This brings up one of the perils of acquisitions; Customer Expectation. Customer Expectation is something that no company has direct control over, although they set the tone of the expectation. So when Rackspace acquires a company, existing Rackspace customers will have the same high expectations of the acquired company as they do of Rackspace. Customers will also completely ignore statements like “our sister company” and “things will be the same”. From the customer point of view you are one company which is called Rackspace and all customers know things will change.

Why do companies say the things highlighted in the previous paragraph? The main reason seems to be the fear of losing customers, which is completely irrational as an acquisition does not change the benefits of the products or the value propositions so why would customers leave. Granted you will get some customers who leave on idealistic grounds and these customers will blog, tweet and post about why the acquisition will bring down civilisation but these are a minority.

Another reason is the acquiring company wants to create a distance from the acquired company just in case some major disaster happens, this is a vain attempt to protect “The Brand”, but as previously stated customers do not care that it is a small part of the acquiring company or that it is “separate entity” it is still part of the acquiring company and therefore will impact the “The Brand”.

How do you mitigate the problems? Honesty is the key, if you are honest with customers they cannot argue against it, they may disagree but if they still believe in the products they have purchased they will understand. The acquiring company also has to treat all customers equally, as soon as it looks like the new acquisition is losing out to the established acquiring company customers you are going to create problems which will be difficult to overcome.

Most of these issues are symptoms of people’s behaviour and resistance to change. Managing change and specifically the people aspects of change is critical, the key to this is talking to each other and not blaming the other person for problems.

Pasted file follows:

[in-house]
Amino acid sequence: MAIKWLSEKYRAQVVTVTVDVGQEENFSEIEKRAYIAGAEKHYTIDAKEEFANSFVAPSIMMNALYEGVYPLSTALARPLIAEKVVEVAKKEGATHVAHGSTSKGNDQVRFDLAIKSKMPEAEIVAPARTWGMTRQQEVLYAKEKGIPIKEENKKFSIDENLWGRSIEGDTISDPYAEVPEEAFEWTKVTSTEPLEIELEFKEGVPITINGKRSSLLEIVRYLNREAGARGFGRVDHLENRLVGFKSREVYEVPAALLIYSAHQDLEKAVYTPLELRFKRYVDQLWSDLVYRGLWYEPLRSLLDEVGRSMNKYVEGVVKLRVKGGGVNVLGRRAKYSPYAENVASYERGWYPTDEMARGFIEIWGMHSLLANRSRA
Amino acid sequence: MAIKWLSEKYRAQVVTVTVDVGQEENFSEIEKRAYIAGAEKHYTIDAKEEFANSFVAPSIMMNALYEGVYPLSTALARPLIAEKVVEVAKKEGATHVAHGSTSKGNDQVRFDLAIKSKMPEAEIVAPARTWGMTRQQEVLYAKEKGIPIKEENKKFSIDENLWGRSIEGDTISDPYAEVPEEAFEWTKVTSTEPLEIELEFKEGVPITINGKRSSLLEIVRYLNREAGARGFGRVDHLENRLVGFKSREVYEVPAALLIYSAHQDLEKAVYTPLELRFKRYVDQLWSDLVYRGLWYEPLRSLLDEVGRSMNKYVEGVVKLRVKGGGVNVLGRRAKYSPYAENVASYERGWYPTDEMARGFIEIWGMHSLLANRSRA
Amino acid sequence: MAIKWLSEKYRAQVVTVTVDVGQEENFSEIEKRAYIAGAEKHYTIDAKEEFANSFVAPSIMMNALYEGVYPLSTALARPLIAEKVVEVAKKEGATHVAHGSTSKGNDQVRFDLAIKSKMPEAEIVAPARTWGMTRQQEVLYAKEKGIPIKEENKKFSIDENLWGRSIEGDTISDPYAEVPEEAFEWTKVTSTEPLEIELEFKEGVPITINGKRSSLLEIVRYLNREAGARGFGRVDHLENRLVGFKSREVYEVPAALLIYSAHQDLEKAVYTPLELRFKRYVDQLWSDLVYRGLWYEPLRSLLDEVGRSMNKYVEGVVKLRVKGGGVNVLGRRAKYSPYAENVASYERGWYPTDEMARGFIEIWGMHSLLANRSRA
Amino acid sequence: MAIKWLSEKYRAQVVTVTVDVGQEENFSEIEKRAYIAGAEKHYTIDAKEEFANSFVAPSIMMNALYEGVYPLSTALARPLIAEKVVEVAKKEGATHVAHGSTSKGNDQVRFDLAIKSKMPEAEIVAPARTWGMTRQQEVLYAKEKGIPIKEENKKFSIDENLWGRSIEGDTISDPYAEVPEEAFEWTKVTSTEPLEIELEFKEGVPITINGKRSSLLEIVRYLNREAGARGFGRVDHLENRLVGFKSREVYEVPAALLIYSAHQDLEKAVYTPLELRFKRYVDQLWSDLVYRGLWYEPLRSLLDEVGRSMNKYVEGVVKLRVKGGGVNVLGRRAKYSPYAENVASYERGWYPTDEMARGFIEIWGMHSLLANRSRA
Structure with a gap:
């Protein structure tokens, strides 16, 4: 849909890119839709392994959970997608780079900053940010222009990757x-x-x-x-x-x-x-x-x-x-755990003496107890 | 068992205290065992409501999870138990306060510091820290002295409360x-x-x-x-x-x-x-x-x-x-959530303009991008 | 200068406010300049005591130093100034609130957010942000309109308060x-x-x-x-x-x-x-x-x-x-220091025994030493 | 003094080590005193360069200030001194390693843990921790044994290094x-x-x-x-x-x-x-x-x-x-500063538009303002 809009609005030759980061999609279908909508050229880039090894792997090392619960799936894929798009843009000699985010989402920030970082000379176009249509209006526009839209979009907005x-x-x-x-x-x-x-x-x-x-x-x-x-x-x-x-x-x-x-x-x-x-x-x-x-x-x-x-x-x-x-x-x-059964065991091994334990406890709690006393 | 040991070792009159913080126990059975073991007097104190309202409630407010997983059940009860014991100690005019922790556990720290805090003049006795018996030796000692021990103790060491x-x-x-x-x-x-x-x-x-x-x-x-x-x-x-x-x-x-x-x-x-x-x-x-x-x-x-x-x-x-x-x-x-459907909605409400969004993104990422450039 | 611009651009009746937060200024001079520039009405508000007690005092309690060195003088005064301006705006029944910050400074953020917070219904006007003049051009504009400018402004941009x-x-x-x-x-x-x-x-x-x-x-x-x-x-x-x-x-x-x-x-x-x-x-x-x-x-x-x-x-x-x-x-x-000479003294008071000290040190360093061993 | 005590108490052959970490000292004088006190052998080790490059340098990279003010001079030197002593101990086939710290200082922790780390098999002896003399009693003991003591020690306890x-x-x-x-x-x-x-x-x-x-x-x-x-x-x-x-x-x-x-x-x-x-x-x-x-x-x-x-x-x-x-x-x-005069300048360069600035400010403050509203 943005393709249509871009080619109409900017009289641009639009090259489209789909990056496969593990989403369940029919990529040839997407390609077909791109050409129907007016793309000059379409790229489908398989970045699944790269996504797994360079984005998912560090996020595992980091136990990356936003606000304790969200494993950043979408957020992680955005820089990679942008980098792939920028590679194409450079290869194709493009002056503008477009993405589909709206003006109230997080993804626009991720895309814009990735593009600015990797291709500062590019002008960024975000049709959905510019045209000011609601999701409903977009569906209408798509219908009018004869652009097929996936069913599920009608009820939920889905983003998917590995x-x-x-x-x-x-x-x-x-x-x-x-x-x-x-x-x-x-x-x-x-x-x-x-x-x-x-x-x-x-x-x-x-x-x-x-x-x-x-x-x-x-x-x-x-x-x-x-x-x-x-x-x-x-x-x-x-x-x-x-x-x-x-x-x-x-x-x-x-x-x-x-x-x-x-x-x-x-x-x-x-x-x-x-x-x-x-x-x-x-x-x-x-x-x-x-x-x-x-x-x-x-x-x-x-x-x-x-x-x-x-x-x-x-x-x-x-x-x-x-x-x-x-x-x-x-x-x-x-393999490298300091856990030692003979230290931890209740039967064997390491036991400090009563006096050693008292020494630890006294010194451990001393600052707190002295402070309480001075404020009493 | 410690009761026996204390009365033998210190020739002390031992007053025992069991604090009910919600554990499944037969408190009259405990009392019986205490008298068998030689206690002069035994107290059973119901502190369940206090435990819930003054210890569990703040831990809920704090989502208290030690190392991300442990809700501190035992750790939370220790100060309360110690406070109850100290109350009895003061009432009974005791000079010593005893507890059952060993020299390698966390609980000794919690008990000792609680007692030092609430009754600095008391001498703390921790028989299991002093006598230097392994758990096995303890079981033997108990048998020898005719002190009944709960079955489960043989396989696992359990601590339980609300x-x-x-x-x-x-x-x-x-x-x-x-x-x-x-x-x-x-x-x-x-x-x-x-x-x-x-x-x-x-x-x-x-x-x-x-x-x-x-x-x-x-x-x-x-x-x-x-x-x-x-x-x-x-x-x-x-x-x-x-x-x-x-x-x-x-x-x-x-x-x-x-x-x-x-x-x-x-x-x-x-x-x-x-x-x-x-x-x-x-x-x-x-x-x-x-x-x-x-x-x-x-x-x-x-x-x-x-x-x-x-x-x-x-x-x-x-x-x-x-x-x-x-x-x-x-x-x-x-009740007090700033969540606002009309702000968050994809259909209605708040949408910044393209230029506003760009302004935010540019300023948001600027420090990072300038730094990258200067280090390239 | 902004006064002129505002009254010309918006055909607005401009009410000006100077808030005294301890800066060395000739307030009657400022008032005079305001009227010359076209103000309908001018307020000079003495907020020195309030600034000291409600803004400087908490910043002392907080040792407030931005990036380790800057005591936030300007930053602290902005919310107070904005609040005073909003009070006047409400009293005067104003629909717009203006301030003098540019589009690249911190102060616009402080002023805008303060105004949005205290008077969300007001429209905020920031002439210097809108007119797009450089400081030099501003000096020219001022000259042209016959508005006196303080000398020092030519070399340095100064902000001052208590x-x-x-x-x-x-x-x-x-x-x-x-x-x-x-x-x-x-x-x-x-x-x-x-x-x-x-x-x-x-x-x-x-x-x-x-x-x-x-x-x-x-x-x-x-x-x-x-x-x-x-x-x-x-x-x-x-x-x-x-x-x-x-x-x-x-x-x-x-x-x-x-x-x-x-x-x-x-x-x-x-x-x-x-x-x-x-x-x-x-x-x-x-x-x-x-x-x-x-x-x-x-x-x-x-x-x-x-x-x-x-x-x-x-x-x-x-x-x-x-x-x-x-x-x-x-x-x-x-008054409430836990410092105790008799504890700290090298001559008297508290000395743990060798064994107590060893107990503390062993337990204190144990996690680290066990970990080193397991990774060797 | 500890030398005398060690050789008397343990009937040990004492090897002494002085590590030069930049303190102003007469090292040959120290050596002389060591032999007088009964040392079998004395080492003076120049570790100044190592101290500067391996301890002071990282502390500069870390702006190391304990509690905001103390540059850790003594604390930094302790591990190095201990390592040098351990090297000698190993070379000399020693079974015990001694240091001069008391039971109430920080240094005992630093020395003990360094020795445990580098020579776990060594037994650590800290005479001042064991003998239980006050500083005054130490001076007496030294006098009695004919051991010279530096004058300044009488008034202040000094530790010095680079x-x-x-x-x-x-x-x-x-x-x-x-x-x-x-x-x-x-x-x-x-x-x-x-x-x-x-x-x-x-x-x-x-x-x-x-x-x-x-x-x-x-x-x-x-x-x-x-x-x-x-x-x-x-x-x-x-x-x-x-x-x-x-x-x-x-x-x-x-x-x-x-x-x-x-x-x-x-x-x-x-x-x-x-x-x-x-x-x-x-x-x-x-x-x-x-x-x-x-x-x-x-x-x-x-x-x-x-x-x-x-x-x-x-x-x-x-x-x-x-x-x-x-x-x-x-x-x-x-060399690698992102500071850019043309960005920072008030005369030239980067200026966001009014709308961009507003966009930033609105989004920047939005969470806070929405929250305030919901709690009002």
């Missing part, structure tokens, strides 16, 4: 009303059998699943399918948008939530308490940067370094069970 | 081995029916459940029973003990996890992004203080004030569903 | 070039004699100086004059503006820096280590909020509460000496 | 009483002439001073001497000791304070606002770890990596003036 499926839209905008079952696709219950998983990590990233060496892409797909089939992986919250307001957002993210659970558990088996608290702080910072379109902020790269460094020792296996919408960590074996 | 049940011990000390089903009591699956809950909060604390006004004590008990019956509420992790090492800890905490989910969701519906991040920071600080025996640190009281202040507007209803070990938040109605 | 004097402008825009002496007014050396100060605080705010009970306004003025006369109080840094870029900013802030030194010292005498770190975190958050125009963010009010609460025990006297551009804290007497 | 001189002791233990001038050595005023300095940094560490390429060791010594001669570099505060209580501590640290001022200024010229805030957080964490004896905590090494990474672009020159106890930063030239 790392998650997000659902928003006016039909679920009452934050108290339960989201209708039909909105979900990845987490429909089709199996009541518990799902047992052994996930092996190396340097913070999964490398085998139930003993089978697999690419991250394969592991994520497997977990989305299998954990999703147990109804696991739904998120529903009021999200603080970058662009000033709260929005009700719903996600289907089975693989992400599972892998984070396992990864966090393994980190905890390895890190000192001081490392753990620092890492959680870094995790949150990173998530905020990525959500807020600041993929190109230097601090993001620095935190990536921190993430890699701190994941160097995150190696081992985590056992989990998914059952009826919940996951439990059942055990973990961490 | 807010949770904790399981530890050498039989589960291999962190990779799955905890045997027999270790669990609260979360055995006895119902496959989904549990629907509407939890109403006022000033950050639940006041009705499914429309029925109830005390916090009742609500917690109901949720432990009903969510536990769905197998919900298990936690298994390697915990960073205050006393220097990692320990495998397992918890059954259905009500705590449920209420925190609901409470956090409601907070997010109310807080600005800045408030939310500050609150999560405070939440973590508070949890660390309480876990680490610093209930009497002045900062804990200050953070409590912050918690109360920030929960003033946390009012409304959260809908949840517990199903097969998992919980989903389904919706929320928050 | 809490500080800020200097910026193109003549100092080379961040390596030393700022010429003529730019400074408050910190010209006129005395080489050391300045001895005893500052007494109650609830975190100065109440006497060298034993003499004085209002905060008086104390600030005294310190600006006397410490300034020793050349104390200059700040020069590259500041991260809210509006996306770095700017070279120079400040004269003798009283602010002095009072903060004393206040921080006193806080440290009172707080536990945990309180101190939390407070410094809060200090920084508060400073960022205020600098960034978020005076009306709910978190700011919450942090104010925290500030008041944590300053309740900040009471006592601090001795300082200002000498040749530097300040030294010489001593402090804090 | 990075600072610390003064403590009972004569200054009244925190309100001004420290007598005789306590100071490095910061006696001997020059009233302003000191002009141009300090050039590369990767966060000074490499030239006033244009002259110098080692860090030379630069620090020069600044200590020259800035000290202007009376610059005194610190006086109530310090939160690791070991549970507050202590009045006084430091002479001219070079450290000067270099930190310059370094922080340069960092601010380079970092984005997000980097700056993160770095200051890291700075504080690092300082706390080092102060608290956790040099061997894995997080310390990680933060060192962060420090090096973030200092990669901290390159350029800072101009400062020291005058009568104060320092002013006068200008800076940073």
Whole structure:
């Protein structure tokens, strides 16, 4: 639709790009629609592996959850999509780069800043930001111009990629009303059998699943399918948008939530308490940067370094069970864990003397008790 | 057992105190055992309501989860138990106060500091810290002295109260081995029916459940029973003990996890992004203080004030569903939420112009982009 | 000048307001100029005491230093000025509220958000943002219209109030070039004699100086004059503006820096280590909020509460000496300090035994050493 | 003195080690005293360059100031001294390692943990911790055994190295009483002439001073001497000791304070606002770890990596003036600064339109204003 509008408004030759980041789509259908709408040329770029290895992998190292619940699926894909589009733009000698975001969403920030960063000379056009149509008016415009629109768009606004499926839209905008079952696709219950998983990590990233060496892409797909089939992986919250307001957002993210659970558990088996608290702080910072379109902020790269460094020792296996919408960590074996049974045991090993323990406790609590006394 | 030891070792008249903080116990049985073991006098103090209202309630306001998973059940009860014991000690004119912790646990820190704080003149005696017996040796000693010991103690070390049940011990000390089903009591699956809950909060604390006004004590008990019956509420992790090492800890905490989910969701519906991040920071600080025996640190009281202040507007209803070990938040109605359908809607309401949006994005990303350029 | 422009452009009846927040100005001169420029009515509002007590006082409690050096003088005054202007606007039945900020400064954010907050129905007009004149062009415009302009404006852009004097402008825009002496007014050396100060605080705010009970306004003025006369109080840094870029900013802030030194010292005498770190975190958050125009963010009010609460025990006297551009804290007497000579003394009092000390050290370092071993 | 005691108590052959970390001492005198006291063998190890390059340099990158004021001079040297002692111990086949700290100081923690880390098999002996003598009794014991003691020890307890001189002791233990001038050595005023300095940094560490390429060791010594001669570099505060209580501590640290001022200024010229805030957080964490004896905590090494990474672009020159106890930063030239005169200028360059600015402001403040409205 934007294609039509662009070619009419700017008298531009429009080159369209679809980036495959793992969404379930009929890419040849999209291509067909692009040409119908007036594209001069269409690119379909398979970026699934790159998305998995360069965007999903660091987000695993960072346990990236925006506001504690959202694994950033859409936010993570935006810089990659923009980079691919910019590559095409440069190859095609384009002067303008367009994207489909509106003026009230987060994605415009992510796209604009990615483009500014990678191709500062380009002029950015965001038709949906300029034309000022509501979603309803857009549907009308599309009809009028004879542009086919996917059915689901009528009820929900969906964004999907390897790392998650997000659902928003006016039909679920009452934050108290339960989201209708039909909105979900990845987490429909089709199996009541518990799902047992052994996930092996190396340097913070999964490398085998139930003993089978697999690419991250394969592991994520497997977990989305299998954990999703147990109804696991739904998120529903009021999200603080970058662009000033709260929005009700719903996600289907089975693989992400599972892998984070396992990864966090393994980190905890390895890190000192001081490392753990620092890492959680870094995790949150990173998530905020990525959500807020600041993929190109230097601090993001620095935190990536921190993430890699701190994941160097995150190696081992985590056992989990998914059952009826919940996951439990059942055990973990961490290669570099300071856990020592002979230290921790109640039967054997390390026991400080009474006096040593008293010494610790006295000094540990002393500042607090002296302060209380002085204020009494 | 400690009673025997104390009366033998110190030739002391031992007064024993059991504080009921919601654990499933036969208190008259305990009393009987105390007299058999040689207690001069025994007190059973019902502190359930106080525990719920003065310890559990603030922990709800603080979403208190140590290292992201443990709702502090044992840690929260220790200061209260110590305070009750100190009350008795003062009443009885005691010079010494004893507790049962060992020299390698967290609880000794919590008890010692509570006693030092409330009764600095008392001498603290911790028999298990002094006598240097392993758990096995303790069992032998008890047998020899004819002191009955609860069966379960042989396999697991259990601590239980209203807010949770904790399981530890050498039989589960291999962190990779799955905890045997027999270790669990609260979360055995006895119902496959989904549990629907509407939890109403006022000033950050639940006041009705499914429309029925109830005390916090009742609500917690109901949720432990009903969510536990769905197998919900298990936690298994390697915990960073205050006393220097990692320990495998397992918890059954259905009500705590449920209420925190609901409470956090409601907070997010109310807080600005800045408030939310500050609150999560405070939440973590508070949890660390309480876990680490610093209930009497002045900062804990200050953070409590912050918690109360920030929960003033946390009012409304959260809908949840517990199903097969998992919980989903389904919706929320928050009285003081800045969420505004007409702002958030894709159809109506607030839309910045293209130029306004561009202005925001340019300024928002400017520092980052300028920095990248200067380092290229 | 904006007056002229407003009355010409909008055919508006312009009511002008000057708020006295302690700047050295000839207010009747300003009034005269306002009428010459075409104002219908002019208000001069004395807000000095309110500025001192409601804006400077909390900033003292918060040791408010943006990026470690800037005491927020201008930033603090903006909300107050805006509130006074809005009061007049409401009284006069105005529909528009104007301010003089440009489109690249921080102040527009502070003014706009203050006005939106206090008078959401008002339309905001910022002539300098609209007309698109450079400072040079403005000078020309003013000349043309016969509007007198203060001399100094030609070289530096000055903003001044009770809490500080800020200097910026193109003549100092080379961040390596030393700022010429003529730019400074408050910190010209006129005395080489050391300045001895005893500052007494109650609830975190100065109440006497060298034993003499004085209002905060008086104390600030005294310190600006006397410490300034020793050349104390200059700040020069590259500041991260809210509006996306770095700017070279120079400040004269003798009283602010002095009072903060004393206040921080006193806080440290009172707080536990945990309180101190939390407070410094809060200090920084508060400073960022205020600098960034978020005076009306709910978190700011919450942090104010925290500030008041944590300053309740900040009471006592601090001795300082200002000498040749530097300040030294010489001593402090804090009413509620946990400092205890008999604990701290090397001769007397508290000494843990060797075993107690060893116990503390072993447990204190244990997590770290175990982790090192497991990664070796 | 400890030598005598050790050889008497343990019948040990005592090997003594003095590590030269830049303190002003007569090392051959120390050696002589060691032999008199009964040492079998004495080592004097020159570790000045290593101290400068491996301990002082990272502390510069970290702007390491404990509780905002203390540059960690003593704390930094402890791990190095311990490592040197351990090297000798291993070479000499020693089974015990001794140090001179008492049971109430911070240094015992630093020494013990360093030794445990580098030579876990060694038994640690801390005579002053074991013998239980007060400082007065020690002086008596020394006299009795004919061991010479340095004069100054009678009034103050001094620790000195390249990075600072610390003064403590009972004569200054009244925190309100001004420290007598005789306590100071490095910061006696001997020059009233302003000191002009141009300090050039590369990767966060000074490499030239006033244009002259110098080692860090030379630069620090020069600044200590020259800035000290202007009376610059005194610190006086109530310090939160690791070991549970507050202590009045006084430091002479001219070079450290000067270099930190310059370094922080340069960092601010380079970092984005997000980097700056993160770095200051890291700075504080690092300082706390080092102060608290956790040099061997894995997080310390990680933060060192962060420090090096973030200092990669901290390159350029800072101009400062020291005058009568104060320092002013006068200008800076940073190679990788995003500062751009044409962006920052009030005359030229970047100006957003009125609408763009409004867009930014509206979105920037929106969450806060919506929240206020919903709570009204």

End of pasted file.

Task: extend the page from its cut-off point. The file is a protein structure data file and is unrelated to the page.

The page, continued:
This post is just my current thoughts as someone who has been through many acquisitions and whose day job is a product manager for products which have been acquired, so I know how difficult this dilemma is to solve. Hopefully Rackspace will sort the issues out quickly and stop blaming each other as Jungle Disk and Cloud Files are currently doing.


#char[140] – 140 characters to write a useful bit of code

My thought for today is:

What is the most useful piece of code you can write in 140 characters?

Inspired by Twitter, which started me thinking back to when using less code was better. In these days of software bloat and descriptive languages it is easy to forget what we use to be able to achieve in very few lines of code. So if anyone is listening, what are your thoughts or examples of useful code in 140 characters.

#char[140] Guidelines

  1. Any language allowed
  2. Can call external applications and APIs but external call should not replace core logic on the 140 character program
  3. Must do something useful, Hello World although useful as a learning tool is not in the spirit of this challenge

I will try to think of something and post an example.


PHP Frameworks investigation

It has been a bit longer than a few days but here are the key criteria that I want from a PHP framework.

  • Allows designers to use standard HTML and CSS with minimal impact from framework
  • Takes care of the basic security requirements
  • Provides extensable modules for user management
  • Helps build dynamic navigation
  • Provides modules for things like sitemaps
  • Needs to be installable on shared hosting

These are just the initial requirements and I suppose I am using ASP.NET as my benchmark.

My initial investigations have not been that promising. I am not looking at things like Joomla, Drupal etc I am looking more for a programming framework as this is for custom projects. The designers can handle the off the shelf CMS type systems without input from the technical team.